What happens when teachers run a school?
In theory, that’s the kind of question that charter schools should be really good at answering. But in practice, few charter schools have used their flexibility to experiment with alternative leadership models.
Teaching Firms of America Professional Preparatory Charter School (TFOA), located in the Bedford Stuyvesant neighborhood of Brooklyn, New York, is one of those exceptions. (Richard Kahlenberg and I profile several other charter schools that have successfully experimented with giving teachers more flexibility and autonomy in our new book, A Smarter Charter.)
TFOA employes a partner model like that often found in law firms. School leaders are also classroom teachers, and decision making processes are transparent, with staff members invited to sit in on meetings and weigh in on decisions. Teachers are charged with finding the best methods for reaching the same students over multiple years.
Starting a “Teaching Firm”
As an undergraduate at the University of Virginia (UVA), Rafiq Kalam Id-Din—co-founder of TFOA—took a job teaching at a university-run pre-K program as a way to pay the bills, but he soon realized that it was more than just a job that fit his schedule as a student.
“I stumbled into teaching and loved it,” Kalam Id-Din explained.
After completing his masters degree in education, Kalam Id-Din taught at an alternative public high school in Central Virginia, where teachers pioneered new methods of reaching struggling students. This experience with teacher-led innovation stuck with Kalam Id-Din as something worth pursuing.
Kalam Id-Din left the classroom to pursue a career in law and run an education foundation, but his fascination with teaching remained. In 2007, he returned to that world once more, this time armed with an Echoing Green fellowship to support him in the launch of a new public school.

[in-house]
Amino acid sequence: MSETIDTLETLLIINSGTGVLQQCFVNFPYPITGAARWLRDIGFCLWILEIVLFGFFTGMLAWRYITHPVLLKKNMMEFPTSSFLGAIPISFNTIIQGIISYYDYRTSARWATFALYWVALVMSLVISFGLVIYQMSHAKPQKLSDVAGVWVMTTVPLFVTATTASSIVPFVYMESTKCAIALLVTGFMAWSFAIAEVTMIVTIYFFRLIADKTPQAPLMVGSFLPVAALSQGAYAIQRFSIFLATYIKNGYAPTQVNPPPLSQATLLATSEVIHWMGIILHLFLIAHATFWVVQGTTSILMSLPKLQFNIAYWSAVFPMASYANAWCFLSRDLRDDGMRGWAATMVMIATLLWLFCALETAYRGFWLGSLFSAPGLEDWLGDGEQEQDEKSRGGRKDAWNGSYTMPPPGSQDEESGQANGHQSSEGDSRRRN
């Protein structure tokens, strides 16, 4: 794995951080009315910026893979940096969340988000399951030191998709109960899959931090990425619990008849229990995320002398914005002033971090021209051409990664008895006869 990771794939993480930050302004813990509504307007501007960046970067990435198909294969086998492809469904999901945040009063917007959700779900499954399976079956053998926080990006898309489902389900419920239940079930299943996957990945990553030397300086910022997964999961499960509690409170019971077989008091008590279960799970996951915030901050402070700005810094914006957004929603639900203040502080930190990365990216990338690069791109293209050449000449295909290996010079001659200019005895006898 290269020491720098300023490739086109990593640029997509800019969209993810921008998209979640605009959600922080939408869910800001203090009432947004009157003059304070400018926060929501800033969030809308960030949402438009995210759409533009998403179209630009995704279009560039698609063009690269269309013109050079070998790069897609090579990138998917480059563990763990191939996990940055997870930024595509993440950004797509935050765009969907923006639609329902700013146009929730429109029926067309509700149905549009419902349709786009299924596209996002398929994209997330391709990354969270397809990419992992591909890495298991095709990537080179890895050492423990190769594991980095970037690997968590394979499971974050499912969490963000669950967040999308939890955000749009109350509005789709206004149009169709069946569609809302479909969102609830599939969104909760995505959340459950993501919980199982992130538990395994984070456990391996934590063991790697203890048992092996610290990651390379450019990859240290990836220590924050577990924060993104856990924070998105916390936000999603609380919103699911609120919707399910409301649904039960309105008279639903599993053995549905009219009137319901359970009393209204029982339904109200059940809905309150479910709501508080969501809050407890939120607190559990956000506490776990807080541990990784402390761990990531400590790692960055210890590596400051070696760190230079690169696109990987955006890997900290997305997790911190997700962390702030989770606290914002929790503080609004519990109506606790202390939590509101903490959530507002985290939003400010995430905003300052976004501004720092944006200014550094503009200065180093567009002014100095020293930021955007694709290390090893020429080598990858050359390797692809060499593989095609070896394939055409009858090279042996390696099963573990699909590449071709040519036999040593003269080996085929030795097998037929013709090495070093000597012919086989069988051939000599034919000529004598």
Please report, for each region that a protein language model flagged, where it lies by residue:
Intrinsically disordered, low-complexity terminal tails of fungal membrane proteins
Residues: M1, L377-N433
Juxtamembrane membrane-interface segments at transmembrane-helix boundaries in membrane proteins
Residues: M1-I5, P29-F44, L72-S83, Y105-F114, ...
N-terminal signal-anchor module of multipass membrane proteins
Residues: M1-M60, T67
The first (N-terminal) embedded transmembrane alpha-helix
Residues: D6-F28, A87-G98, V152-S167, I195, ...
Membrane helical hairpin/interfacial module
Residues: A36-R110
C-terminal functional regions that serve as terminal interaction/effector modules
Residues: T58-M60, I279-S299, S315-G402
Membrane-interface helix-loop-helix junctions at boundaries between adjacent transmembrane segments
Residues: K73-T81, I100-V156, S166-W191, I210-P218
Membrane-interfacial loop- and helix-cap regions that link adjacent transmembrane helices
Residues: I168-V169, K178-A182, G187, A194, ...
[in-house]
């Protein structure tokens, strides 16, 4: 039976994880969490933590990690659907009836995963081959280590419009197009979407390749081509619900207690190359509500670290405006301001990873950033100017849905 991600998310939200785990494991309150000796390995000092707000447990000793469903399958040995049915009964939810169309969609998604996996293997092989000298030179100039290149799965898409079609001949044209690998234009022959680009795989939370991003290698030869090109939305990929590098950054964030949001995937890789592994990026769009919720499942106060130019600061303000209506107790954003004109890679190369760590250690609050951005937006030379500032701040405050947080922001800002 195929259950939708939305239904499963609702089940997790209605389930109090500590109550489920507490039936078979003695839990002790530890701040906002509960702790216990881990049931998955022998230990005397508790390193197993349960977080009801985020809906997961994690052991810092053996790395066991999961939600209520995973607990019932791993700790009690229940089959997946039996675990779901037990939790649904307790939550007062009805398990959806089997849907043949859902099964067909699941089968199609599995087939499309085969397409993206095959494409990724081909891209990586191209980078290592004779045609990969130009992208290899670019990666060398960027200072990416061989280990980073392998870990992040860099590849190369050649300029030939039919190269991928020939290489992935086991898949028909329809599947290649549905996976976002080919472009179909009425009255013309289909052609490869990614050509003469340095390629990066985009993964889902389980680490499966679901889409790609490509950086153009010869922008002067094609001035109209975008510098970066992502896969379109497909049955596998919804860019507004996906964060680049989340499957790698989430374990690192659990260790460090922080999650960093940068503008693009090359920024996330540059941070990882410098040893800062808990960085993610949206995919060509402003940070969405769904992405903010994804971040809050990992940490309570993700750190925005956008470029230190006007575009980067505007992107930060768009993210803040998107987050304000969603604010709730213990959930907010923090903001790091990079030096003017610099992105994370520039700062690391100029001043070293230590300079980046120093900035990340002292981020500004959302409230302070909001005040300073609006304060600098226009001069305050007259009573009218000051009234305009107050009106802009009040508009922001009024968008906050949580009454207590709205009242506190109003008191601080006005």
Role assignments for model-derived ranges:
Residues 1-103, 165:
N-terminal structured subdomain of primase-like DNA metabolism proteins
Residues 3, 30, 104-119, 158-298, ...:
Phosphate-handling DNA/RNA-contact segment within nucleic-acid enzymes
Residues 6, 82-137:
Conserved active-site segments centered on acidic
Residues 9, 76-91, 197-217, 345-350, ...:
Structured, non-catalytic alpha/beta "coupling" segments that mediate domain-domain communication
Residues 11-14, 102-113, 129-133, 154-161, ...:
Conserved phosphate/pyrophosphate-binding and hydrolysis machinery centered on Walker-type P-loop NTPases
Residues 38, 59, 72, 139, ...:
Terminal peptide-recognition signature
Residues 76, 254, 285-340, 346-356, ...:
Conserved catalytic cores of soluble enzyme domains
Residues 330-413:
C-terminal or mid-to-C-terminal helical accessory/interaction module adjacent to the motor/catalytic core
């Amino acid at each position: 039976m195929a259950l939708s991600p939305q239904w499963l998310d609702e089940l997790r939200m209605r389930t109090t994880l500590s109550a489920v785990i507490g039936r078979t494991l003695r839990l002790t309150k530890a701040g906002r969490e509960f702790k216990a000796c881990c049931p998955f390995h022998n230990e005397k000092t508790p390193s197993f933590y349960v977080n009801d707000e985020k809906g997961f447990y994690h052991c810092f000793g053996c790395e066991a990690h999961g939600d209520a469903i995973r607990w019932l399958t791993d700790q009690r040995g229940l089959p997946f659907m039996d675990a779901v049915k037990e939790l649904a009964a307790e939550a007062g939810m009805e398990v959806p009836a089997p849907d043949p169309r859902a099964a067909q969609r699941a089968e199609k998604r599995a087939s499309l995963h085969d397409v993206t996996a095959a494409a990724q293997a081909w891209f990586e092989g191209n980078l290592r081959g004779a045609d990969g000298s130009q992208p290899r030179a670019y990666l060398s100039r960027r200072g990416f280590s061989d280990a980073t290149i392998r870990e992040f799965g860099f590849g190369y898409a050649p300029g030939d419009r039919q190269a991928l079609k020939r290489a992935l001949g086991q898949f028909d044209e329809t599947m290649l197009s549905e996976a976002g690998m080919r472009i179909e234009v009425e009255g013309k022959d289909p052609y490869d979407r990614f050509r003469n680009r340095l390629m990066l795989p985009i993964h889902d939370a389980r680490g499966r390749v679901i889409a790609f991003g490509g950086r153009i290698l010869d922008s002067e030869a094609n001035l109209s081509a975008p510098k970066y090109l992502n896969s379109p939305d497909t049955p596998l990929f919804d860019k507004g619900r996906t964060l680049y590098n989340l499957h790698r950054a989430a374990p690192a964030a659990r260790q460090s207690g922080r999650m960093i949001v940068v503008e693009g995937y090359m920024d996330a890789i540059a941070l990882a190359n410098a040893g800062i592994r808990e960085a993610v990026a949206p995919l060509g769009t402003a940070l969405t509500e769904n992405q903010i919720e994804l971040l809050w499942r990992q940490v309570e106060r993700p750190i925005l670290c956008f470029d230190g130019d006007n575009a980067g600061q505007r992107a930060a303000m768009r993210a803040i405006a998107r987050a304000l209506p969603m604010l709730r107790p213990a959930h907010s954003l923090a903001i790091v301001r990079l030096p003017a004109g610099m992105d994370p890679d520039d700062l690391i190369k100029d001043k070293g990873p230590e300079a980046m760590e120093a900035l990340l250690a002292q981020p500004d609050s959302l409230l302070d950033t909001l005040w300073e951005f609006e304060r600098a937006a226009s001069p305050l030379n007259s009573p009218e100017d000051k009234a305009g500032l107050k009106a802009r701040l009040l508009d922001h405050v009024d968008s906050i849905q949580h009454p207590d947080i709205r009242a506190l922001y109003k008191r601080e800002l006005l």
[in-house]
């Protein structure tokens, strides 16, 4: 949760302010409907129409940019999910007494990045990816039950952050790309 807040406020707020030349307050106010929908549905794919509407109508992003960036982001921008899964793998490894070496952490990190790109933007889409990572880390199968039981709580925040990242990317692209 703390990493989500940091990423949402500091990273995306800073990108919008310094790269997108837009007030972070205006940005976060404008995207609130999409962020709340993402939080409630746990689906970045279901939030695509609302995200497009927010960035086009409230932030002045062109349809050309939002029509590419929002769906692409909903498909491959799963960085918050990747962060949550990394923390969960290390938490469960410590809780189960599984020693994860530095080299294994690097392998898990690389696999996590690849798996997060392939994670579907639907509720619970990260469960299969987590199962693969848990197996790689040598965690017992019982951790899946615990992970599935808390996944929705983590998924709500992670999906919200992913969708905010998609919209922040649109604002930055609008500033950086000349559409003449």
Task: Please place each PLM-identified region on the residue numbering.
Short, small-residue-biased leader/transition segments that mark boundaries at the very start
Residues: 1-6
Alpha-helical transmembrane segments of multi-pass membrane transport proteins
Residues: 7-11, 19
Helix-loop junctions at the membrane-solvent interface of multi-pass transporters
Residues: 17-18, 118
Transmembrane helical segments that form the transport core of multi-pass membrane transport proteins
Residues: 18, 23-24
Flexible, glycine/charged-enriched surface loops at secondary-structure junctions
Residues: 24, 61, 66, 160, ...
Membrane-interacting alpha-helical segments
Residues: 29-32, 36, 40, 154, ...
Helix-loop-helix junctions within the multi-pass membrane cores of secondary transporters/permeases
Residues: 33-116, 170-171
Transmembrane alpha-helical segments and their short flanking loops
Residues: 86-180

“Schools have been organized based in the same way for over 300 years,” Kalam Id-Din reflected.
He envisioned a different organization model, inspired in part by the structure of a law firm. Just as lawyers work their way up from associates to partners, teachers would work their way up to being managing partners who run the school, while remaining classroom teachers, in a “teaching firm.”
One of Kalam Id-Din’s first acts was to recruit a second founding partner.
Damien Dunkley, an experienced educator who had worked in district and charter schools, had left the classroom to take an administrative position, but felt “there was something always missing.” As the dean at a charter school, he was frustrated by high teacher turnover, which left him feeling like he had to constantly repeat the same coaching process with new teachers rather than helping teachers progress farther in their practice.
And he wanted to be back in the classroom.
“So [the teaching firm] model was perfect for me,” Dunkley explained. “I had that administrative background, but teaching was what I loved.”
Kalam Id-Din and Dunkleyopened TFOA Charter School together in 2011.
As TFOA “partners,” Kalam Id-Din and Dunkley lead the school in a range of decisions from hiring teachers and support staff to making sure that the school is complying with the law.Unless privacy is required for legal or personal reasons, their discussions about school decisions are open to the full staff.
“We’re a super transparent place,” Kalam Id-Din explained.
When they’re hiring new staff members, for example, Kalam Id-Din and Dunkley invite current teachers and support staff to attend the interviews.
“We want them to see how we make decisions, and we need the maximum amount of information in order to be able to make the best decisions,” said Kalam Id-Din.